According to the Centers for Disease Control (CDC), more than 60 percent of adults do not achieve the recommended amount of regular physical activity.
In fact, 25 percent of all adults are not active at all.
The 2008 Physical Activity Guidelines for Americans, published by the U.S. Department of Health and Human Services, recommends that adults obtain at least 150 minutes of moderate-intensity physical activity per week, or 75 minutes of vigorous-intensity physical activity and muscle-strengthening exercises on at least 2 non-consecutive days per week.
Further benefits, the report suggests, can be obtained by increasing the amount, intensity, and frequency of physical activity. However, as Dr. Lawrence Cheskin, director of the Johns Hopkins Weight Management Center, explains “doing anything more than you were doing is very worthwhile."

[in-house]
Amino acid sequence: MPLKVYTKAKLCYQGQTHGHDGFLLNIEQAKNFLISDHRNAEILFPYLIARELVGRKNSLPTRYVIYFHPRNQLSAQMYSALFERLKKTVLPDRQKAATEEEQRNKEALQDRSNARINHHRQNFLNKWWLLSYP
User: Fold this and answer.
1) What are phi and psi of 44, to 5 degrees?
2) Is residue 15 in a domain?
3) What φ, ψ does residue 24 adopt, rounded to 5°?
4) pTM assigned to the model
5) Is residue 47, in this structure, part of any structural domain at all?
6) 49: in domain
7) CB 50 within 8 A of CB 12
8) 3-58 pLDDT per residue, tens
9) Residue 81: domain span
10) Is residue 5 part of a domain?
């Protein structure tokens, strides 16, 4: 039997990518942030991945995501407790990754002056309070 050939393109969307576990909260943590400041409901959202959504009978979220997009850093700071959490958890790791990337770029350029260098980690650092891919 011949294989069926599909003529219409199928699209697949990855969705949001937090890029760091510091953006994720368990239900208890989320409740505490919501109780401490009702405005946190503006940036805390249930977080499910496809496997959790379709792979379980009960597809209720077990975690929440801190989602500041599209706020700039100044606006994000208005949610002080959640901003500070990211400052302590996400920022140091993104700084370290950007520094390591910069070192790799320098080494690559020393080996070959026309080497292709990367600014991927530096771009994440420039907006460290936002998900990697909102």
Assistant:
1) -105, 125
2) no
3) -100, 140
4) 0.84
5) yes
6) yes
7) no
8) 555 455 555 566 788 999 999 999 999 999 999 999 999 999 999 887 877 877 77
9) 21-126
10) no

Some of the most cited reasons for not exercising include: lack of time, inconvenience, and lack of motivation. Why not overcome these mental barriers and start off the week on top by scheduling a mile-long walk with a family member or friend in the nice, crisp autumn air?
Walking for just 22 minutes a day, 7 days a week will help you reach the weekly aerobic activity guidelines.
As the wise Greek philosopher Hippocrates once said, “Walking is man's best medicine.” Not only will you gain many great benefits, including lowered risk for early death, heart disease, stroke, type II diabetes, high blood pressure, weight gain, and colon and breast cancer, you will also gain a valuable shared experience that can help fuel your week.
Every Monday, the Johns Hopkins Bloomberg School of Public Health offers tips for preventing disease and injury, and maintaining a healthy lifestyle. Check back each week for new tips or visit our archive.